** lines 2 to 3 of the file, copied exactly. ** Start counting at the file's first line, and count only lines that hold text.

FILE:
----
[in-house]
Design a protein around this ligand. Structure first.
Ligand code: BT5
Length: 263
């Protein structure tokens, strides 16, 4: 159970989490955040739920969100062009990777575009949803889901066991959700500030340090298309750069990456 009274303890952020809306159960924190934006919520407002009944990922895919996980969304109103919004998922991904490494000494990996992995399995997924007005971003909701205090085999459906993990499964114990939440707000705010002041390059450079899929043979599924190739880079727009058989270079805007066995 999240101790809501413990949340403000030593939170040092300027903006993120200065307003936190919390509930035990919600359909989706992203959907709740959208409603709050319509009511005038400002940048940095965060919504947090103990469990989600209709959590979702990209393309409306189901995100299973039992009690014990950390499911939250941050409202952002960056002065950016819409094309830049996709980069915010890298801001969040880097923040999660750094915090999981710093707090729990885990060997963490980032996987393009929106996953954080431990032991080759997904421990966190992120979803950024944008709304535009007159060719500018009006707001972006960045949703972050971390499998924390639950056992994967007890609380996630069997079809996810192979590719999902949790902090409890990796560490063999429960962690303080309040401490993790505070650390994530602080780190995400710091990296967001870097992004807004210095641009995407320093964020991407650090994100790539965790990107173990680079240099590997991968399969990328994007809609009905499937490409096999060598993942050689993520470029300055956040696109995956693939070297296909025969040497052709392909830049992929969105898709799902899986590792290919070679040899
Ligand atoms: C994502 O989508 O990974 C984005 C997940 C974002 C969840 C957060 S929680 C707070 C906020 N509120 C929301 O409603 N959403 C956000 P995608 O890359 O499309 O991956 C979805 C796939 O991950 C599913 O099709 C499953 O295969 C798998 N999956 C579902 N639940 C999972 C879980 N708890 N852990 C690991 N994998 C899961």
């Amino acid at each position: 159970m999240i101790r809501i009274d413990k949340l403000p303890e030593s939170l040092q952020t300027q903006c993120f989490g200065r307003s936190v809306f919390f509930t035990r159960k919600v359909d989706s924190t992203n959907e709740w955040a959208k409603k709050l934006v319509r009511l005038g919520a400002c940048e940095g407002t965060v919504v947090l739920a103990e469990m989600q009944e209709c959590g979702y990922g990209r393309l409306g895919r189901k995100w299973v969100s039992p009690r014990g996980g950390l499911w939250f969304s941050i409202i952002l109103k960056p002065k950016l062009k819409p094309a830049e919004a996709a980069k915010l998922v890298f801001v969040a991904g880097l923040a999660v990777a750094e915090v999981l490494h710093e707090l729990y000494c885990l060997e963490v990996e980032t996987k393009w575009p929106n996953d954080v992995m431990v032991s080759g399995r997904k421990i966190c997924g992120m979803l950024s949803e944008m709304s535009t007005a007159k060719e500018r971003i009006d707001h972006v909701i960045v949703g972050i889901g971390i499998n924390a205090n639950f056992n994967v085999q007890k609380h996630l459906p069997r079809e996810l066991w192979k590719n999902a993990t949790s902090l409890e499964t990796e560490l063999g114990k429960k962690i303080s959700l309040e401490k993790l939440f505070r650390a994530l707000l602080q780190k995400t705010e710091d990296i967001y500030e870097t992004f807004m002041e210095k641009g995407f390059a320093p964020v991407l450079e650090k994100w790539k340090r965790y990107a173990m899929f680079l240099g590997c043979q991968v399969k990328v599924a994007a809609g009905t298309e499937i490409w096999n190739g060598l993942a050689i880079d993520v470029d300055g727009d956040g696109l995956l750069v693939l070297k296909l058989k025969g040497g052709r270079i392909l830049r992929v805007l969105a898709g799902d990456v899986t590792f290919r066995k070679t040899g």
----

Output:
Design a protein around this ligand. Structure first.
Ligand code: BT5